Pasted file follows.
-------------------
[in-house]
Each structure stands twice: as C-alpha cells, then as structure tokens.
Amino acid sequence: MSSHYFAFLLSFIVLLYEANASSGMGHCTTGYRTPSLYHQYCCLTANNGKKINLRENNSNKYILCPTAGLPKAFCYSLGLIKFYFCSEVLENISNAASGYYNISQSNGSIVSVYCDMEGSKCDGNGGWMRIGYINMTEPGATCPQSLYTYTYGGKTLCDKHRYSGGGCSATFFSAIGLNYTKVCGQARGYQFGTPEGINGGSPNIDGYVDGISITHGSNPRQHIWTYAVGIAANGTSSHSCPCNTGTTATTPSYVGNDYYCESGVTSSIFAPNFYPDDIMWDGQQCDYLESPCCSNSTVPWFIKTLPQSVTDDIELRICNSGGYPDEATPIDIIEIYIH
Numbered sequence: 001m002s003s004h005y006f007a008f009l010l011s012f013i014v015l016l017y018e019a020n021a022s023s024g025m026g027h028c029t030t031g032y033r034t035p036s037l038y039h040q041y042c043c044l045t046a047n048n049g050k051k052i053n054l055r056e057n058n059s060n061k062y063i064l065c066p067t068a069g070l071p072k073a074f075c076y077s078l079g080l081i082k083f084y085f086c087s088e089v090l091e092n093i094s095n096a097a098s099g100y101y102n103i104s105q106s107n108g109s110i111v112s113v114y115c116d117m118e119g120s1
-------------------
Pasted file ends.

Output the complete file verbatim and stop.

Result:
[in-house]
Each structure stands twice: as C-alpha cells, then as structure tokens.
Amino acid sequence: MSSHYFAFLLSFIVLLYEANASSGMGHCTTGYRTPSLYHQYCCLTANNGKKINLRENNSNKYILCPTAGLPKAFCYSLGLIKFYFCSEVLENISNAASGYYNISQSNGSIVSVYCDMEGSKCDGNGGWMRIGYINMTEPGATCPQSLYTYTYGGKTLCDKHRYSGGGCSATFFSAIGLNYTKVCGQARGYQFGTPEGINGGSPNIDGYVDGISITHGSNPRQHIWTYAVGIAANGTSSHSCPCNTGTTATTPSYVGNDYYCESGVTSSIFAPNFYPDDIMWDGQQCDYLESPCCSNSTVPWFIKTLPQSVTDDIELRICNSGGYPDEATPIDIIEIYIH
Numbered sequence: 001m002s003s004h005y006f007a008f009l010l011s012f013i014v015l016l017y018e019a020n021a022s023s024g025m026g027h028c029t030t031g032y033r034t035p036s037l038y039h040q041y042c043c044l045t046a047n048n049g050k051k052i053n054l055r056e057n058n059s060n061k062y063i064l065c066p067t068a069g070l071p072k073a074f075c076y077s078l079g080l081i082k083f084y085f086c087s088e089v090l091e092n093i094s095n096a097a098s099g100y101y102n103i104s105q106s107n108g109s110i111v112s113v114y115c116d117m118e119g120s1